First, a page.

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The Fermanagh cannibal who lured his victims to the woods and banqueted on their flesh

The gruesome exploits of prisoner-turned-cannibal who ate his fellow convicts

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Alexander Pearce was hung at the Hobart Town Gaol at 9am on 19 July 1824. It is reported that just before he was hung, Pearce said, "Man's flesh is delicious. It tastes far better than fish or pork."

Alexander Pearce was hung at the Hobart Town Gaol at 9am on 19 July 1824. It is reported that just before he was hung, Pearce said, "Man's flesh is delicious. It tastes far better than fish or pork."

John Wright's book Undaunted: The Irish in Australia - convicts story

John Wright's book Undaunted: The Irish in Australia - convicts story

The skull of Alexander Pearce

The skull of Alexander Pearce

Hobart Town Gaol, Murray St, Hobart, Tasmania, Australia where Alexander Pearce was hanged at 9am on 19 July 1824 (State Library of Victoria)

Hobart Town Gaol, Murray St, Hobart, Tasmania, Australia where Alexander Pearce was hanged at 9am on 19 July 1824 (State Library of Victoria)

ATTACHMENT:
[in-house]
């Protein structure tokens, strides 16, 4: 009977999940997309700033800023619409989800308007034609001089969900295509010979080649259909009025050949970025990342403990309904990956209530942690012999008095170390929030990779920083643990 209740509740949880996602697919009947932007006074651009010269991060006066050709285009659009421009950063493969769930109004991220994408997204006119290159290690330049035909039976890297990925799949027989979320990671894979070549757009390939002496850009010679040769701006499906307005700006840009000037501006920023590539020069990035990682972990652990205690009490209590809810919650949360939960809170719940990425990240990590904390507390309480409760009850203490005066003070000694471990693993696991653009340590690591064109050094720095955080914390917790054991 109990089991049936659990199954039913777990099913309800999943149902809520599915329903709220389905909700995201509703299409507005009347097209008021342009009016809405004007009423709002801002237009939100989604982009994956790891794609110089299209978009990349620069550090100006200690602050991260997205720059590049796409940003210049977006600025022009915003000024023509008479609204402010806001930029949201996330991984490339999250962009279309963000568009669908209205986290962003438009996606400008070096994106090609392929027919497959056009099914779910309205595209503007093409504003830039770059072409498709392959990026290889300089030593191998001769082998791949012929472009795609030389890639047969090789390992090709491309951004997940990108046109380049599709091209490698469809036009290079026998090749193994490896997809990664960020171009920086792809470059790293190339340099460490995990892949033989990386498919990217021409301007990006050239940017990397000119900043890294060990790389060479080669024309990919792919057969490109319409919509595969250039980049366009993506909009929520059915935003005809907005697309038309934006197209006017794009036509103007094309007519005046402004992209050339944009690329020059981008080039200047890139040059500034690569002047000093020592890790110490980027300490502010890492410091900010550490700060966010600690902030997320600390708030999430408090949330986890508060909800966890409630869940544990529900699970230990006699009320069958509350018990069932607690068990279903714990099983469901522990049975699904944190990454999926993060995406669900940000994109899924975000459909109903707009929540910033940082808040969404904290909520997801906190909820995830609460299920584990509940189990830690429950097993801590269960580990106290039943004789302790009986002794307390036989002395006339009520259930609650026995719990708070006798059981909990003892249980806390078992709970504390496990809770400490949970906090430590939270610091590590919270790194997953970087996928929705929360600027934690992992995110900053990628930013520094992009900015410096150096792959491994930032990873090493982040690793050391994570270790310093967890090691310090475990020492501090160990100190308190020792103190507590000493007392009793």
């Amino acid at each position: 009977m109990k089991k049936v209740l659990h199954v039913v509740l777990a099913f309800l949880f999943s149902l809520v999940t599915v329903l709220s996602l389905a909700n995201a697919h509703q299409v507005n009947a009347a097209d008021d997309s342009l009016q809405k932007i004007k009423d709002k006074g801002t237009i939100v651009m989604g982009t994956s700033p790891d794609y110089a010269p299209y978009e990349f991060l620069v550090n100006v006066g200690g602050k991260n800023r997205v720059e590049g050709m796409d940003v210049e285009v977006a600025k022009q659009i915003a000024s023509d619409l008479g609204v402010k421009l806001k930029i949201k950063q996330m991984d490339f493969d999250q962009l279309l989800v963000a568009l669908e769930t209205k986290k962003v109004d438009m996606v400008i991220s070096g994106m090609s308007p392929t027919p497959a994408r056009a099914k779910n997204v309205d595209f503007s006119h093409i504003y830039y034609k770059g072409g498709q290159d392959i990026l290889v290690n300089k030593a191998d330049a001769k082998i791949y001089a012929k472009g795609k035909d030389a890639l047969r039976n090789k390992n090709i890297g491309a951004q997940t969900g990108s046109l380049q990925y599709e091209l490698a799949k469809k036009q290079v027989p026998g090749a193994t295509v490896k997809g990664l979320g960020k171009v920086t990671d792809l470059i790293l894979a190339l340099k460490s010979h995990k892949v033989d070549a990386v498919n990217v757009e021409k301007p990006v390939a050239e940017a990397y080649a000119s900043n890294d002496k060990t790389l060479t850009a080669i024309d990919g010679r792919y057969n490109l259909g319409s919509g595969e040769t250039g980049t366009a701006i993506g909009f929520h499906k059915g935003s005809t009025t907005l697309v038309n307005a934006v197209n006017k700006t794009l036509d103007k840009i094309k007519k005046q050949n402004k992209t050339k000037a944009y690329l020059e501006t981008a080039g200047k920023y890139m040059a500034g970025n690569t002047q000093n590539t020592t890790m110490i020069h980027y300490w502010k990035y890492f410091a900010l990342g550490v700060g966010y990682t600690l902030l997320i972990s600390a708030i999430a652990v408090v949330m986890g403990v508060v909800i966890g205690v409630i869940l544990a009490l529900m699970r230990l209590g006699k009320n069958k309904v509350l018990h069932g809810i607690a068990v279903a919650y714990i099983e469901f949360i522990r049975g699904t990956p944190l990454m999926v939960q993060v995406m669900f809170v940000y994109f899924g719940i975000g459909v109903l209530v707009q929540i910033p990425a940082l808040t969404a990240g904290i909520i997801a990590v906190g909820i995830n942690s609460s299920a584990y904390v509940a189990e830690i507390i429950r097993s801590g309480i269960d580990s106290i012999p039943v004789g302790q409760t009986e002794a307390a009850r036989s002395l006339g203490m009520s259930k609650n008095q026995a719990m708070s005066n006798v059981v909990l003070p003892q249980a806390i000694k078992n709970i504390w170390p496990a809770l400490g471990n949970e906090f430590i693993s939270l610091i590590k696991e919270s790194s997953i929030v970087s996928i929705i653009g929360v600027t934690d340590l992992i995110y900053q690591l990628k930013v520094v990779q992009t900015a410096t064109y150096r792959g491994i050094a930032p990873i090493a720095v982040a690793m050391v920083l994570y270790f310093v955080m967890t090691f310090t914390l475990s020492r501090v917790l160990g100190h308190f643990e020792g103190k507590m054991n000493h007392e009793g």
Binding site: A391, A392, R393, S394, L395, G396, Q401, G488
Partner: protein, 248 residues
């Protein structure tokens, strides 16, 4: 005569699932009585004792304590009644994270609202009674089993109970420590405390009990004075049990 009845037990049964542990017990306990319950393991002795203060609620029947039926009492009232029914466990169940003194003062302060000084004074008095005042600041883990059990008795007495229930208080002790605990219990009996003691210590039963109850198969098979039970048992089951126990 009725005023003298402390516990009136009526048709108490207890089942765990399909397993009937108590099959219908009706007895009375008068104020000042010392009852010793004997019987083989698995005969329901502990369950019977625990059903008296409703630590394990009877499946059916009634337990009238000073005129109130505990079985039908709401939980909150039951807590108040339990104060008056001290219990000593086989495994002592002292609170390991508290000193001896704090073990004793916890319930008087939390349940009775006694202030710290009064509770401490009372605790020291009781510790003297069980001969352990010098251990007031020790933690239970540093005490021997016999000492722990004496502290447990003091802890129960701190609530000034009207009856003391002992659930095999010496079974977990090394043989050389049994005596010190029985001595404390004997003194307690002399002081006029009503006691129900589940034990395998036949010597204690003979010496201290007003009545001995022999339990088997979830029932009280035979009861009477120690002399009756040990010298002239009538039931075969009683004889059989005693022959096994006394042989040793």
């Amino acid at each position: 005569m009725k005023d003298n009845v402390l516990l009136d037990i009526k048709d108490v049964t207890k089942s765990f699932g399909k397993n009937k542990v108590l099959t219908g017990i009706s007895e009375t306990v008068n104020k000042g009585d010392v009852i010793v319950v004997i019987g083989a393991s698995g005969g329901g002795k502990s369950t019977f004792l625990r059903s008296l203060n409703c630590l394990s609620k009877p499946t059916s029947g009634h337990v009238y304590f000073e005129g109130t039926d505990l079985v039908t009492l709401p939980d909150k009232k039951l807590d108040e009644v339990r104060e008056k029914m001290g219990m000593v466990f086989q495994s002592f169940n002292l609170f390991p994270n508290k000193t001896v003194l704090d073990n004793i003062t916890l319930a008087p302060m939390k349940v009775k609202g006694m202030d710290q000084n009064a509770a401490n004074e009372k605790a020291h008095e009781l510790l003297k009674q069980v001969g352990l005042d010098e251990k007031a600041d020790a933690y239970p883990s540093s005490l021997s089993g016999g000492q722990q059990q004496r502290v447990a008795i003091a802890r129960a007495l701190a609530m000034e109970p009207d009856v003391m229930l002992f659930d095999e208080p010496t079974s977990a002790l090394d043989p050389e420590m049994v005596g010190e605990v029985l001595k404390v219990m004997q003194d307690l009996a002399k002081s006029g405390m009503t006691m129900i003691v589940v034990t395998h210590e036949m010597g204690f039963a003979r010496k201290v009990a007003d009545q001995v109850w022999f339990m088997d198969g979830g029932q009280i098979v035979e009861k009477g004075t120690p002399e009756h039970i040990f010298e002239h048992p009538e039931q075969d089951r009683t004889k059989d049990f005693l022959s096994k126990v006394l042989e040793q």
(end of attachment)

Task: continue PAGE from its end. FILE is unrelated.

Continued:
Alexander Pearce was hung at the Hobart Town Gaol at 9am on 19 July 1824. It is reported that just before he was hung, Pearce said, "Man's flesh is delicious. It tastes far better than fish or pork."

THEY called him "the man-eater of Macquarie Harbour".

An American book claimed he lured fellow convicts to escape to get them to "his lair in the woods", where he would eat them and maintained a constant supply of fresh victims.

Was Alexander Pearce really a monster or just a starving man? Born in 1790, he was sentenced to transportation at the Co Armagh Lent Assizes for stealing six pairs of shoes and left Cork on October 3, 1819, on the Castle Forbes.